|Publication number||US5222039 A|
|Application number||US 07/619,101|
|Publication date||Jun 22, 1993|
|Filing date||Nov 28, 1990|
|Priority date||Nov 28, 1990|
|Publication number||07619101, 619101, US 5222039 A, US 5222039A, US-A-5222039, US5222039 A, US5222039A|
|Inventors||Albert W. Vinal|
|Original Assignee||Thunderbird Technologies, Inc.|
|Export Citation||BiBTeX, EndNote, RefMan|
|Patent Citations (30), Non-Patent Citations (1), Referenced by (17), Classifications (10), Legal Events (4)|
|External Links: USPTO, USPTO Assignment, Espacenet|
This invention relates to semiconductor memories and more particularly to field effect transistor (FET) static random access memories (SRAM).
Static random access memories (SRAM) are widely used in digital systems to provide a high speed memory function in digital computers and other applications. In the current state of the art, single chip SRAMs typically include from eight thousand memory cells to up to half a million memory cells. Typical access times are on the order of 10 nanoseconds or more, with memory cycle times approximately twice this value.
In the present state of the SRAM art there is a continued need to increase the density of SRAM devices by reducing the size of the individual memory cells. However, a decrease in cell size must not occur at the expense of device operating speed or device reliability. In an SRAM, reliability includes a number of factors. One factor is the yield of SRAM devices in a given manufacturing process. Another factor is the ability to accurately store and recall data. Moreover, SRAM designs must be able to operate at high speeds and with data integrity over wide temperature ranges which are typically experienced by integrated circuit chips during their operation.
A typical SRAM design includes a pair of cross-coupled field effect transistors (FET) of first conductivity type for storing therein a binary "0" or "1". The cross-coupled pair of field effect transistors is typically a pair of N-channel FETs with their sources connected to ground potential, and the drain of the first transistor connected to the gate of the second transistor and the gate of the first transistor connected to the drain of the second transistor. A resistive load is also provided for each transistor in the cross-coupled pair, with each resistive load being serially coupled between a power supply voltage (VDD) and the drain of the respective cross-coupled transistor pair. Typically, a pair of "pass" transistors are also provided to facilitate reading and writing of data. A pass transistor is typically coupled to each drain of the cross-coupled transistor pair, with a word line being coupled to the gate transistor and a pair of bit lines connected to a respective one of the pass transistors.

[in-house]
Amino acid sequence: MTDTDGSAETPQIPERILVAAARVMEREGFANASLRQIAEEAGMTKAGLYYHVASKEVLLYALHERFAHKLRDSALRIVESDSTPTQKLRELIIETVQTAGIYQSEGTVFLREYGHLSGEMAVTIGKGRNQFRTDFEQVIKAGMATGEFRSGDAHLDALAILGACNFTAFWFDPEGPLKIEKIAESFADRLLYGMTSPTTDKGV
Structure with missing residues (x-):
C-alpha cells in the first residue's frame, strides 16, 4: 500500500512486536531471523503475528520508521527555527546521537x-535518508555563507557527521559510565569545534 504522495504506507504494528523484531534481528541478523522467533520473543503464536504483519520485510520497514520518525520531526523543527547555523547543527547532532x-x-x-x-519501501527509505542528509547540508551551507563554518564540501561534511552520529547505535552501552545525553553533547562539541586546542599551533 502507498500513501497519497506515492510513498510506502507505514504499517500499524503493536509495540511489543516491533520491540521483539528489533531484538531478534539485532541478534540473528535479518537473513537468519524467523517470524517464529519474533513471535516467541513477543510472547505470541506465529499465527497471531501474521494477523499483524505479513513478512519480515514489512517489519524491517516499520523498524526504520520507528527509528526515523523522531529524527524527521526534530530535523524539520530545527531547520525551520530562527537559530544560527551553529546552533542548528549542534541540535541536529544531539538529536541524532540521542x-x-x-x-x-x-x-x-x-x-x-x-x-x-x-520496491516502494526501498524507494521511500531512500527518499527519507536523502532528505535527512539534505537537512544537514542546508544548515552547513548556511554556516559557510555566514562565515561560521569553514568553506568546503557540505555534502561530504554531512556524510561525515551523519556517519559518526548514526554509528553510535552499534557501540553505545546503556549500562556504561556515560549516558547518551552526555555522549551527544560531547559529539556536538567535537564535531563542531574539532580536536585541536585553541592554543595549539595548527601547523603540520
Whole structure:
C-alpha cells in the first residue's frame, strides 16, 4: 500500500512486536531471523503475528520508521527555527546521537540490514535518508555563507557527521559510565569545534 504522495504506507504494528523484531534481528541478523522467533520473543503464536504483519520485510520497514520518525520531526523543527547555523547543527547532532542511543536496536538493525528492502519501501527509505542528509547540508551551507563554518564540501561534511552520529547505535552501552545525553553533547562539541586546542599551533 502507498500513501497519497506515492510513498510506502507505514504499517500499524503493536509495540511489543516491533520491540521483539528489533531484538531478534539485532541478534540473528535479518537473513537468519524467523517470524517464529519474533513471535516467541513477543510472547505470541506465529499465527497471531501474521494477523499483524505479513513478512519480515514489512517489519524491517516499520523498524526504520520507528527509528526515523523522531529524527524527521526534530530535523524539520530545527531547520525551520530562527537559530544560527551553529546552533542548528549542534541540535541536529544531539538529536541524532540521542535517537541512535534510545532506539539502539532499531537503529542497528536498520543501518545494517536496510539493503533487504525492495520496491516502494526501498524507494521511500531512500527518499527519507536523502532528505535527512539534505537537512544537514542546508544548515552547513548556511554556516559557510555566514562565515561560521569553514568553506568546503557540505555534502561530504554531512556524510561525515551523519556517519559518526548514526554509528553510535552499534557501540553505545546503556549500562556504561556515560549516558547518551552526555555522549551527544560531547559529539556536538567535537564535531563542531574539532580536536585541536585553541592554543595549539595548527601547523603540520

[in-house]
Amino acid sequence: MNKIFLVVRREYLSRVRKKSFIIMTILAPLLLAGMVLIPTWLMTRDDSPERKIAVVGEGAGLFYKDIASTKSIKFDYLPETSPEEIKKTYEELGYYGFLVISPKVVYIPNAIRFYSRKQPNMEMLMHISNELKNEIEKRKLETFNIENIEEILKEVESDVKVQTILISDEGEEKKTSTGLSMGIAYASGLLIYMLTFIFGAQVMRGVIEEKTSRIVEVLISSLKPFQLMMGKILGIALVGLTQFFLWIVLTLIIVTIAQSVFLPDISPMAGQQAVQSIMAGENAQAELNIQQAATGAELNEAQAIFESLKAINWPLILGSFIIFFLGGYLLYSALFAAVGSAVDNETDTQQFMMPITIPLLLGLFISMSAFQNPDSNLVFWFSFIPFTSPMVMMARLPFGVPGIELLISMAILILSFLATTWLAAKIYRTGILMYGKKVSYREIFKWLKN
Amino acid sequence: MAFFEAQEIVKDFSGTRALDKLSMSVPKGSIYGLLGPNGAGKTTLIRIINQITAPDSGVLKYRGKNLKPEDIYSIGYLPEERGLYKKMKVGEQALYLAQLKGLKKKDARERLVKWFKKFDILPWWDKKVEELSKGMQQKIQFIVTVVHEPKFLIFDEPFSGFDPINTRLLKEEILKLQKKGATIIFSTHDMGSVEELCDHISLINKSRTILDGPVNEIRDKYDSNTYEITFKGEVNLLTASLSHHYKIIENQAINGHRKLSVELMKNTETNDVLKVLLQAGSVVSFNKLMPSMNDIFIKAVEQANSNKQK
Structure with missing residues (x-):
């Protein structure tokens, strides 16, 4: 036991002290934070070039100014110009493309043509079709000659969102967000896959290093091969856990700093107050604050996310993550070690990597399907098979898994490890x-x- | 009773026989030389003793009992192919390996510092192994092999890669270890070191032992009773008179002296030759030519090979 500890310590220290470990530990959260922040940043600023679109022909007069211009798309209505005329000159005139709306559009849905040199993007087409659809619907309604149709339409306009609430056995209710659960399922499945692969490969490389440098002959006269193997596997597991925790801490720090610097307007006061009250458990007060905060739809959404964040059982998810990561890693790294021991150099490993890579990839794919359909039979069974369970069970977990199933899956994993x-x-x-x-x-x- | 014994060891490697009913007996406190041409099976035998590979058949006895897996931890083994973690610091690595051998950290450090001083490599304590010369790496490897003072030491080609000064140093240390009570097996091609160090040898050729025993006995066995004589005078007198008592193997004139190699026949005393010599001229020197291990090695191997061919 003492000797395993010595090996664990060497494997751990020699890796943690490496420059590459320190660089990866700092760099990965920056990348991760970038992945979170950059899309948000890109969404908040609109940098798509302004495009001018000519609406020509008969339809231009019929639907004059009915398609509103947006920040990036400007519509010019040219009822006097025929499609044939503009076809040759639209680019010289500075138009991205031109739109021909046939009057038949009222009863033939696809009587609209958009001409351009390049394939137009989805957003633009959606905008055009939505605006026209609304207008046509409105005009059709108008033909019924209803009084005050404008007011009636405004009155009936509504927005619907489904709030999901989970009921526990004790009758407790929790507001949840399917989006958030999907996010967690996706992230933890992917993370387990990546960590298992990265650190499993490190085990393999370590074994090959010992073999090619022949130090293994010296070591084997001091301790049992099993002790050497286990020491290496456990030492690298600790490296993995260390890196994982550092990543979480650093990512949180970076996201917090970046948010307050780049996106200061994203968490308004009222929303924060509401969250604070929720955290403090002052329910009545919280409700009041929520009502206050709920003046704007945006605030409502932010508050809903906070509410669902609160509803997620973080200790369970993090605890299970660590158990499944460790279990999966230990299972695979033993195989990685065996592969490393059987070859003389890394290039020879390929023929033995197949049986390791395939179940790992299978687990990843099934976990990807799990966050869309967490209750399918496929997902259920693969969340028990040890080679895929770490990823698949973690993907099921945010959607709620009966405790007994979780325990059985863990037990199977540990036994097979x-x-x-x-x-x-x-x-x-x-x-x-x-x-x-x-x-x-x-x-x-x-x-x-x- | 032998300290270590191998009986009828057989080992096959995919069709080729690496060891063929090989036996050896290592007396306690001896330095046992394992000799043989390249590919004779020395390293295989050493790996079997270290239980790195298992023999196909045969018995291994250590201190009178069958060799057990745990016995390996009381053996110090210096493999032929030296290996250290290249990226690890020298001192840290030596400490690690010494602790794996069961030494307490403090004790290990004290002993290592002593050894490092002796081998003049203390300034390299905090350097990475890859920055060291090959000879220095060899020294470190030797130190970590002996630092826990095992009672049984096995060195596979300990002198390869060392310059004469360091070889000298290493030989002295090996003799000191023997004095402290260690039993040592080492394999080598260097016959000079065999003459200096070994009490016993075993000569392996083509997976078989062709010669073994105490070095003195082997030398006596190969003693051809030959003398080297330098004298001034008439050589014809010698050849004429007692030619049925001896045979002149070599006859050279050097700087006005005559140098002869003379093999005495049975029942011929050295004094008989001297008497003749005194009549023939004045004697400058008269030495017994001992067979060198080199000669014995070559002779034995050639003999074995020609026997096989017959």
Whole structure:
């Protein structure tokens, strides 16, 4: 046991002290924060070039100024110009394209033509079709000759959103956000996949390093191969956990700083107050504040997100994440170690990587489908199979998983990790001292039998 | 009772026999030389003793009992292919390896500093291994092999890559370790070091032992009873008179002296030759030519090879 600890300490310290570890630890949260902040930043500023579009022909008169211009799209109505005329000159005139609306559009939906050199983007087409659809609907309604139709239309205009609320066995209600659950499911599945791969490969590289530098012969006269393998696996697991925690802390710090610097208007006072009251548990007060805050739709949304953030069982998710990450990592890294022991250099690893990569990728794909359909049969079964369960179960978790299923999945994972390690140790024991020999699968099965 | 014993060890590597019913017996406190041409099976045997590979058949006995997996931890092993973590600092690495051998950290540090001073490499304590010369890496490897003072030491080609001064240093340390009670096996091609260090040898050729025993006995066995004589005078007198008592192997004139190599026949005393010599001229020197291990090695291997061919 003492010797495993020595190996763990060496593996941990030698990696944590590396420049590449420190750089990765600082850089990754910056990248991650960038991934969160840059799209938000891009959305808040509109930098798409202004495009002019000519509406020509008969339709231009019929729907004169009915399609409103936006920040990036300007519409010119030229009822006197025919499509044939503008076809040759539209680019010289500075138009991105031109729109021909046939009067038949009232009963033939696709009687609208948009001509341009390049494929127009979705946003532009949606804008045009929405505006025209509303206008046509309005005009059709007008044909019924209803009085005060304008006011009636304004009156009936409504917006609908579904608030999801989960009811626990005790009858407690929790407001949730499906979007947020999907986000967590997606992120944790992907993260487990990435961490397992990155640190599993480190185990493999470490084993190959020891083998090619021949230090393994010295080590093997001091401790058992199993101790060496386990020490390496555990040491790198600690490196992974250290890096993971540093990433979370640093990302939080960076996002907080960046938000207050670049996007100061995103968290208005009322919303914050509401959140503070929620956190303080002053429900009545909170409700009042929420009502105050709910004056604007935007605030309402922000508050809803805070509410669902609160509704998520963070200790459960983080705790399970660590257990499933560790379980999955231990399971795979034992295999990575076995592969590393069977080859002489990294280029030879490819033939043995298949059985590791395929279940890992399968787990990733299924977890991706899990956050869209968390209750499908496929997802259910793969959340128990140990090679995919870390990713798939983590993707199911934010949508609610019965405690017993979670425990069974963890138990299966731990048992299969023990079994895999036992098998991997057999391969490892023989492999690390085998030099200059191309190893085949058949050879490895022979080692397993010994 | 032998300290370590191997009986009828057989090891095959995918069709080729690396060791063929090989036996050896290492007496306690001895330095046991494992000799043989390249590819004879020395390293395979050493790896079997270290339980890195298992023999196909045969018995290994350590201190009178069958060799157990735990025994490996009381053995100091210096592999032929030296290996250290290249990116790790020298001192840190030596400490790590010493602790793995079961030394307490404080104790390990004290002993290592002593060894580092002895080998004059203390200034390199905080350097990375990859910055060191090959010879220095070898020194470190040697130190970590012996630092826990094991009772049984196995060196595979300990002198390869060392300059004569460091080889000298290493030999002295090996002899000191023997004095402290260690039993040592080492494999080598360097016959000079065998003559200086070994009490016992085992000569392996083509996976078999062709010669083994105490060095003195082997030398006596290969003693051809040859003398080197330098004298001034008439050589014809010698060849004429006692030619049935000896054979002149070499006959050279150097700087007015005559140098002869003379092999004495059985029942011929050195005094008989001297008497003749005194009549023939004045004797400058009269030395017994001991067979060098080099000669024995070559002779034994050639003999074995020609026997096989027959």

The need to provide resistive loads for the cross-coupled transistor pair has heretofore limited SRAM device density and speed. The load resistors have also increased the standby power consumed by the device or the manufacturing reliability or repeatability. For example, in a well known SRAM design, a pair of N-channel cross-coupled FETs are connected to a pair of P-channel FET load resistors to eliminate standby power. Unfortunately, in order to fabricate P-channel FETs, a separate N-well diffusion is required in the integrated circuit substrate into which the P-type drain and source diffusions are placed. This N-well also must have a power supply voltage contact in addition to the ground contact needed for the substrate. These requirements both consume chip real estate and ultimately limit the density and speed of the SRAM.
The art has also attempted to replace the P-channel load transistors with load resistors. However, the resistance of these load resistors must be very large (for example, greater than 100 mΩ) to prevent excessive standby power from being dissipated by the load resistors. Accordingly, polycrystalline silicon ("polysilicon"), which is slightly doped above its intrinsic value, has been used to achieve the desired resistive value for the load resistors. Unfortunately, the grain size of the polysilicon must be well controlled in order to achieve the desired result. If not well controlled, the intrinsic carrier concentration in the polysilicon will vary widely from the bulk silicon single crystal value, thereby introducing wide manufacturing tolerances and preventing reliable, repeatable fabrication of the SRAM.
Other prior art techniques have used depletion mode, N-channel transistors for load resistors. Unfortunately, the use of N-channel depletion mode transistors leads to a yield problem in attempting to control the slightly conductive state of the channel.
It is therefore an object of the present invention to provide an improved static random access memory (SRAM) cell.
It is another object of the invention to provide a high density, high speed SRAM cell.